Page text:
Not quite, but I’m surprisingly close.
Who is Alan Zweig you ask? Alan Zweig is a talented documentary filmmaker with a grim (though not unwarranted) outlook on life. I came across Zweig’s films, as I come across many great things, via Adam. Thanks Adam!
A few weeks ago I was trying to work (I think it was writing) and Adam put in Zweig’s documentary Vinyl. My attempt at working did not last long as I was drawn in from the office to the living room repeatedly by fascinating, funny, introspective, and really sad stuff I was hearing in Zweig’s fascinating film. We both fell in love with Zweig’s Vinyl, partly because it’s just a wonderful documentary about collectors of vinyl and partly because Adam and I both suffer from obsessive compulsive collecting to a certain degree…not for vinyl, but for various kinds of media…it is worst in me for books and comic books/graphic novels, it is worst in Adam for film as he’s managed to mostly curb his inner comic collector. Regardless, I guess my point is that we were really able to relate to the people Zweig interviewed (including Zweig himself), but from a slightly safe distance – though collecting is a bit of a problem for us – mostly financial – it hasn’t managed to take over or shape our lives (yet?) in the way that most of Zweig’s subjects admitted it does for them.
The film Vinyl is an unflinchingly honest documentary about collectors, and what and why they love what they love, and also why they have sometimes come to hate it. Zweig himself is incredibly frank about the fact that he believes his collecting gets in the way of his life – particularly for his relationships and general growth as a person living a “normal” life.
Being throughougly entranced by Vinyl (released in 2000) Adam quickly hunted down Zweig’s other two documentaries, I,Curmudgeon (2004) and Lovable (2007), these in combination with Vinyl are often referred to unofficially as his “Trilogy of Narcissism” and the title fits, in the best sense of the word. All three documentaries are executed in a very stripped down interview style. There is no fancy lighting, or great sets. The interviews are almost exclusively shot head on as medium-ish shots, in the subjects’ own homes, with the exception of Zweig’s “confessional” interviews with himself where he shoots just his head/face in a mirror. I suppose this would drive some people crazy, but I found it charming, and honest. Zweig is far more open I think and vulnerable talking to himself in the mirror than he would be in a more professional or staged setting, or if being interviewed by someone else. He knows exactly the questions he wants to ask, and he is brave about not dodging the ones that have horrible answers, or worse, the ones he doesn’t actually know the answers to. It’s almost like watching someone in therapy. But real therapy, not some staged witty version of what is usually written for “realistic” therapy sessions.
I, Curmudgeon in a nutshell is about being a curmudgeon…being a person that can’t just be happy and go with the flow. The people he interviews range from just sarcastic and bitter to chronically depressed. Zweig considers himself a curmudgeon, although he seems mild in comparison to some of his fellow curmudgeons. This was by far the most depressing of the documentaries – perhaps because I related to it too much. I don’t really consider myself a curmudgeon, and I doubt people I know would categorize me that way, but I absolutely have a dark sarcastic side and I often suffer from bouts of depression and I find myself either annoyed or confounded by people that just seem happy. Unlike most of the people in Zweig’s film I’m pretty good at hiding it (not good for me by the way) and I’m very socially ept. I suspect many of Zweig’s interview subjects would actually take issue with me empathizing with their problems…but I do, and I love that someone even wanted to make this film – it is so outside the realm of “traditionally acceptable subject matter” for mass consumption.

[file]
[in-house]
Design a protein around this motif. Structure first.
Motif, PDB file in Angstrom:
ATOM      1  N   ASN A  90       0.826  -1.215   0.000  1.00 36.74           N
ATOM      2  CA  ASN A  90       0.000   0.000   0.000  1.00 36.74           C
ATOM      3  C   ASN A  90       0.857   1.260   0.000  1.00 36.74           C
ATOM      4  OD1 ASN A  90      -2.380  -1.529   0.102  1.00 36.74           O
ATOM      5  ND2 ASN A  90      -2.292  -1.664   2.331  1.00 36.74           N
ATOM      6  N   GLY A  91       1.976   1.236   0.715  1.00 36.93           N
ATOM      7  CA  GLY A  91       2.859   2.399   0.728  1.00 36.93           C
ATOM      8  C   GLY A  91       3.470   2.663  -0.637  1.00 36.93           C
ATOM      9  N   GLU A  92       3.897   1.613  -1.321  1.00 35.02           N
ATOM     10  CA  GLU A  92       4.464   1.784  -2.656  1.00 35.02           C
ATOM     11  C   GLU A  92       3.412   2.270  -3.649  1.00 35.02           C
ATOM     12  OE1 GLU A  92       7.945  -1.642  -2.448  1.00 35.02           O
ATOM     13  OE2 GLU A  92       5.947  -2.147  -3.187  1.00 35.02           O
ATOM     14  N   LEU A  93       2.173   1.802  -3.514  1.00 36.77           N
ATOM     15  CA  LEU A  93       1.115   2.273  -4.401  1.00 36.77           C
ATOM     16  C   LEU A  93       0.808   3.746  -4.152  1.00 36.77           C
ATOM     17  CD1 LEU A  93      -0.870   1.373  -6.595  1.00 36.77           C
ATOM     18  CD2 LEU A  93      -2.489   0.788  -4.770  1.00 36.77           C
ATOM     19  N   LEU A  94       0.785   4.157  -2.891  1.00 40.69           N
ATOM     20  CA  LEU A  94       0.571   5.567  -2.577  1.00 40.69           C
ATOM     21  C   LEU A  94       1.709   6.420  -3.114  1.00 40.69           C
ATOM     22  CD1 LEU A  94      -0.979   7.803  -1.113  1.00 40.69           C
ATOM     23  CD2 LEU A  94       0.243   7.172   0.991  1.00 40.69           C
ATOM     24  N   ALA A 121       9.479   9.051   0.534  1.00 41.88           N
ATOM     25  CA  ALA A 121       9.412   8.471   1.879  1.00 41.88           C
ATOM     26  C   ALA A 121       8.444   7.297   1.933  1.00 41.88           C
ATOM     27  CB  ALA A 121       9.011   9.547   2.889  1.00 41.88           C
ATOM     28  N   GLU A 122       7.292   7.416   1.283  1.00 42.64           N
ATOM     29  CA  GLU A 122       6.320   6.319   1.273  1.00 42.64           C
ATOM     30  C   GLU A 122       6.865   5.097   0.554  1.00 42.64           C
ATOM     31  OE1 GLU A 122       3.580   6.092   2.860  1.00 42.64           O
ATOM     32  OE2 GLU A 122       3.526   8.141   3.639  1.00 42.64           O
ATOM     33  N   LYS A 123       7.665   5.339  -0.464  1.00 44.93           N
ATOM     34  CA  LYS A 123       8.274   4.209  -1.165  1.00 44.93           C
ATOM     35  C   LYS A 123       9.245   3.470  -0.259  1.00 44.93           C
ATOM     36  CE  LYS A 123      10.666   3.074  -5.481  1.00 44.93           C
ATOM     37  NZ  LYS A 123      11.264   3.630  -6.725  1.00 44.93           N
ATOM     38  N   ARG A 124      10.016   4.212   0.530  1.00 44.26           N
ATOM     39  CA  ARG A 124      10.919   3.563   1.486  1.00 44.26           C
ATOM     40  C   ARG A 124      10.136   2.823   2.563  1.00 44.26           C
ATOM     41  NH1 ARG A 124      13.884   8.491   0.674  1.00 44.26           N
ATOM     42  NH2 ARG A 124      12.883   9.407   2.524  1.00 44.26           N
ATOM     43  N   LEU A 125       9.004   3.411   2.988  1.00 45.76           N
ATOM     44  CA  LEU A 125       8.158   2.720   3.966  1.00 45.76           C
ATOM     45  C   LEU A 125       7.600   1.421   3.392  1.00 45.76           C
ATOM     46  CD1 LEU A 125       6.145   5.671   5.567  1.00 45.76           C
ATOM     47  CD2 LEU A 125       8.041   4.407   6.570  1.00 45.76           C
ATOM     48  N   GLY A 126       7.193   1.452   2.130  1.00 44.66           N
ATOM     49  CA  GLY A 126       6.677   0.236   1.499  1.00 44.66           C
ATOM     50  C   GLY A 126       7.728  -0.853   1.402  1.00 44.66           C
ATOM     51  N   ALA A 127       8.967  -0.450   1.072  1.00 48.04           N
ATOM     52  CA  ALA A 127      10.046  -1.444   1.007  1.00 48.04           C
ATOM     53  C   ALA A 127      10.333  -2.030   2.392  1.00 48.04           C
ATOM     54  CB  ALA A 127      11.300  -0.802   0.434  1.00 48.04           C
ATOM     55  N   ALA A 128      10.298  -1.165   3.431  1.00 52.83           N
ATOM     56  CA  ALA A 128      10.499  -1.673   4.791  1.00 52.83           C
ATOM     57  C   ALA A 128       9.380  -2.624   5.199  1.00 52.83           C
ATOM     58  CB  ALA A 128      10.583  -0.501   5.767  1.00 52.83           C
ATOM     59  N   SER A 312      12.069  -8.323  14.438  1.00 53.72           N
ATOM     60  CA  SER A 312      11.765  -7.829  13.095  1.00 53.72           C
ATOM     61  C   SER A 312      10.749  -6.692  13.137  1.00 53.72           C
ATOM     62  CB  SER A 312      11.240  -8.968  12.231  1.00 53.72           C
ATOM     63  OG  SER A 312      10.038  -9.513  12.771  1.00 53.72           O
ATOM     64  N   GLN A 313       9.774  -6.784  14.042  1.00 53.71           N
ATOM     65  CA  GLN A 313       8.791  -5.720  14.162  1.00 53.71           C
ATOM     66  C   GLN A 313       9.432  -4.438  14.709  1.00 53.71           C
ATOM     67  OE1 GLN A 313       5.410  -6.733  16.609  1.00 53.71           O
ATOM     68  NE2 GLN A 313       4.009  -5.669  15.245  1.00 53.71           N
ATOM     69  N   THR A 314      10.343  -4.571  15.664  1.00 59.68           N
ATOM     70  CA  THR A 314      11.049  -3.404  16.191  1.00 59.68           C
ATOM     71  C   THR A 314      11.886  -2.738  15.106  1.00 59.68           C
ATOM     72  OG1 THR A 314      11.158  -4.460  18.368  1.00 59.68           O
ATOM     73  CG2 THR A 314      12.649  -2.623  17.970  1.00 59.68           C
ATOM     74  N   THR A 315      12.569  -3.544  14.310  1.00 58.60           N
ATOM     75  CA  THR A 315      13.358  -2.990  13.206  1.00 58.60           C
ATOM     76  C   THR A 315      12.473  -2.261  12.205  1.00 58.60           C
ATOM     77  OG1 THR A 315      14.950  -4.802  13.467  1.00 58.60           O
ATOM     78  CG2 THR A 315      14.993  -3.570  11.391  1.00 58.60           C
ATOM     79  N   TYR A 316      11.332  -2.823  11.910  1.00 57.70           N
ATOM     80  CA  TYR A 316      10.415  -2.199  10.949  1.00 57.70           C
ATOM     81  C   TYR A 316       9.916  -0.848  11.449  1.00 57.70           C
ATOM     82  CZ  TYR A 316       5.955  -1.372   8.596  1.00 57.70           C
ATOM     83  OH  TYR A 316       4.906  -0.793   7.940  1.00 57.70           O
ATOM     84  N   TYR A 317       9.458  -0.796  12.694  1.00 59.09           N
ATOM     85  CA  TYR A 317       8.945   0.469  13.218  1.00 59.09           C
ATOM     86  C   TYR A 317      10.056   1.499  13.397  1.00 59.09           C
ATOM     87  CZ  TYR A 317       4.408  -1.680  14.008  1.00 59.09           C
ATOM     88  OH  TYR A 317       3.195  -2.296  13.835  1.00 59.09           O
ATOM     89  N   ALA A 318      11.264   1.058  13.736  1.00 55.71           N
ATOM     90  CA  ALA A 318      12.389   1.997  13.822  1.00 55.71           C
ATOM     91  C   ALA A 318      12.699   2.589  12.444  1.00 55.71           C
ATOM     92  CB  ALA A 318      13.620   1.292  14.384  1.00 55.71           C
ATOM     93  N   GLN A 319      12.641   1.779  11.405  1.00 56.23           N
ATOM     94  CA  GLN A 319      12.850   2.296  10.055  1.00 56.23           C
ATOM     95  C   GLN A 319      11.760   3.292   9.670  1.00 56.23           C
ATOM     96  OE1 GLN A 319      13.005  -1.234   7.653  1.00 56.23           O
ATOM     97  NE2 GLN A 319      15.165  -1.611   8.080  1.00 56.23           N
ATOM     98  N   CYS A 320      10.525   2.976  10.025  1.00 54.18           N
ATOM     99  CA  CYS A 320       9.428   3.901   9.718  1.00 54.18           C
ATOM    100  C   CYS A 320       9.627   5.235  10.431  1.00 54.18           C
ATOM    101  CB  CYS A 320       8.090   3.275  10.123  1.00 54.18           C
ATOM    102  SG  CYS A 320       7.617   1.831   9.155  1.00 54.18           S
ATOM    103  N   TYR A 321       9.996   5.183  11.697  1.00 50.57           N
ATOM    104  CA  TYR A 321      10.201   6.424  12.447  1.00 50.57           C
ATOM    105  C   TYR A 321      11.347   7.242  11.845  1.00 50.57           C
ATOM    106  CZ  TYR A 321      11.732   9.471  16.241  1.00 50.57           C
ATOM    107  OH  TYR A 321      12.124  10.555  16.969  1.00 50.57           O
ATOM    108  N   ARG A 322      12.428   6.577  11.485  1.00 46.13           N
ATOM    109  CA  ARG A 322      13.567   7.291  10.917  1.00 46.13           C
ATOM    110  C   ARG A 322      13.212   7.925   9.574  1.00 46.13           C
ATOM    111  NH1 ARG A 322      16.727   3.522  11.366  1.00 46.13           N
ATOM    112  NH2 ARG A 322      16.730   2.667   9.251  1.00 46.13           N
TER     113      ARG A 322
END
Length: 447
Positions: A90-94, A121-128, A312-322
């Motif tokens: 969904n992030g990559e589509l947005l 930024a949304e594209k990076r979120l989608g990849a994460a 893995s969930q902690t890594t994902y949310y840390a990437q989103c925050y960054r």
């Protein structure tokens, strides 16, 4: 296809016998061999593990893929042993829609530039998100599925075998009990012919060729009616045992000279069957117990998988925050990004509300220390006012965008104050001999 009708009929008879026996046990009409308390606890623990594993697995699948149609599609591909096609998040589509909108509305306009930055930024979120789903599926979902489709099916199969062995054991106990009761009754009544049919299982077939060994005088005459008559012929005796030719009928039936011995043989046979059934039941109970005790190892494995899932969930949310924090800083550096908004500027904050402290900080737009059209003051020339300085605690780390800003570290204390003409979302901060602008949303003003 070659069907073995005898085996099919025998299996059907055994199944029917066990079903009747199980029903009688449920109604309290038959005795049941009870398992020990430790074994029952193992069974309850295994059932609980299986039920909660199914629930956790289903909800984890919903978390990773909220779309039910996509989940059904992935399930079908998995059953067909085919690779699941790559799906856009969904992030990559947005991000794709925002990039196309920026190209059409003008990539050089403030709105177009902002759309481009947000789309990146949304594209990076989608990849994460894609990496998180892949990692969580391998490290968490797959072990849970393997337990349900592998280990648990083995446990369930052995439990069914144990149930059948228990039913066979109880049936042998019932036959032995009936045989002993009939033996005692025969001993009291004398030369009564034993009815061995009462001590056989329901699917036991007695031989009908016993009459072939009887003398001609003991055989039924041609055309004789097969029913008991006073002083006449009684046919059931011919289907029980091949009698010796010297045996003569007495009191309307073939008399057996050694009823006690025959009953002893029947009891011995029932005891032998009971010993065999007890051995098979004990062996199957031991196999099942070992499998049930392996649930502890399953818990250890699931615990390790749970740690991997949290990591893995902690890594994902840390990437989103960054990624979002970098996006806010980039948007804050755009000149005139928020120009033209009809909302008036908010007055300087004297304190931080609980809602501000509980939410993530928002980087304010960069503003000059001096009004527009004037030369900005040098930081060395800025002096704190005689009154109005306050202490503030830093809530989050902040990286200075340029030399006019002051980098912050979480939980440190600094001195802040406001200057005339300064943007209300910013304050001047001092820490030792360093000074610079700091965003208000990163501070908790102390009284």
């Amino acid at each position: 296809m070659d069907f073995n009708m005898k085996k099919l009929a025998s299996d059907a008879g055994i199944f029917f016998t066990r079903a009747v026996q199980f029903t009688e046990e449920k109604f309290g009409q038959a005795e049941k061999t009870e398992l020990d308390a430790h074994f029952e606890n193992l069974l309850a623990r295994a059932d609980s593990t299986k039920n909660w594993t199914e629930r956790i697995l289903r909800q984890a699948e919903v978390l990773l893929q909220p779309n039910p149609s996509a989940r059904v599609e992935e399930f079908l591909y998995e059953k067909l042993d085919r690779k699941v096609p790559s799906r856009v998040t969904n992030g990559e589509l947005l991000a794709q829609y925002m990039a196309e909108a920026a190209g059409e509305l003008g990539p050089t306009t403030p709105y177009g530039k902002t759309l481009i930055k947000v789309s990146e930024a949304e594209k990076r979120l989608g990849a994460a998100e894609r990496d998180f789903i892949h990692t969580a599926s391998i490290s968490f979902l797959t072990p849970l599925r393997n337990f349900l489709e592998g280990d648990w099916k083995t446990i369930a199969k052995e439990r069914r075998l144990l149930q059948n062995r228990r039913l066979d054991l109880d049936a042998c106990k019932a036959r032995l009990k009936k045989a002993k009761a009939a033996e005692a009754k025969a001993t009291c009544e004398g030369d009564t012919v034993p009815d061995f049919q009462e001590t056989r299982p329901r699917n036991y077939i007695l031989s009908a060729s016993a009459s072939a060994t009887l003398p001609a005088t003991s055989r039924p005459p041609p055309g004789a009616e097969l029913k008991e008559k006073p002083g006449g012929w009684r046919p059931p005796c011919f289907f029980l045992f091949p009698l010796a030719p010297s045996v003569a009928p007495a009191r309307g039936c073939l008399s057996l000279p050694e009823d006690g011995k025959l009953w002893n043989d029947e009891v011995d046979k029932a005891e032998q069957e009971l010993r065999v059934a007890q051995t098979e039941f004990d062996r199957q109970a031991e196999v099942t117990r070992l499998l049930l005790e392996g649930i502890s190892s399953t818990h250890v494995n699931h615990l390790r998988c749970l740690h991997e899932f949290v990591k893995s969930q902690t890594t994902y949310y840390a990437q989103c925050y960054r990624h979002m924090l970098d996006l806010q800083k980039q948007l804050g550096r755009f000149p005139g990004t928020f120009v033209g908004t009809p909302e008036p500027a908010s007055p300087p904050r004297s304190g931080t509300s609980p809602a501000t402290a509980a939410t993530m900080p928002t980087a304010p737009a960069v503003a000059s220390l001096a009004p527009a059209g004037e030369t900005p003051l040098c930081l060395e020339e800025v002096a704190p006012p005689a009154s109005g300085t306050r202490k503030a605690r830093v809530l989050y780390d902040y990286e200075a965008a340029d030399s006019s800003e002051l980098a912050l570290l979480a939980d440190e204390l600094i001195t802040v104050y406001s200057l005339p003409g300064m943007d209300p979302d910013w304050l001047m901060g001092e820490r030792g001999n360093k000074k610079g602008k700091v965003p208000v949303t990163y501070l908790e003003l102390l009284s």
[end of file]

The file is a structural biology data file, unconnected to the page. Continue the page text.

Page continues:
Loveable is Zweig interviewing solely women, women who are single and have been for a very very long time, some to the point of having always been single. Because Zweig contstantly ruminates in his films about finding love and a real life partner I can’t help but feel a small part of him hoped through his new film to find a woman that felt as unloveable as he did, and that they could be loved by one another, thus pairing off two people previously incredibly lonely. I don’t begrudge him this (we all want to be loved, right?) and I don’t think it affected his film, except perhaps in the editing room (some of the scenes run a bit long or repetitive). I suspect he fell in love with all of these women a little bit, as they were all pretty amazing, and yet touched with the same sadness that he is. Overall it’s a gripping and almost shocking documentary in that it really is surprising that some of these women are single and have always been single. A couple of them I nearly fell in love with myself. In the end, though I thought the film was excellent, it is the subject matter I related to the least (I have ended up lucky in love if nothing else in my life) and thus it was less powerful for me than his other two films.
In the end I can’t really recommend Alan Zweig or his films to just anybody, a lot of people will hate what he’s done here, however, if you’ve read this review and “get it” you should probably check him out immediately. For the record, here are the ratings (out of 5):
Vinyl – 4.5 Stars
I, Curmudgeon – 4.0 Stars
Loveable – 3.5 Stars
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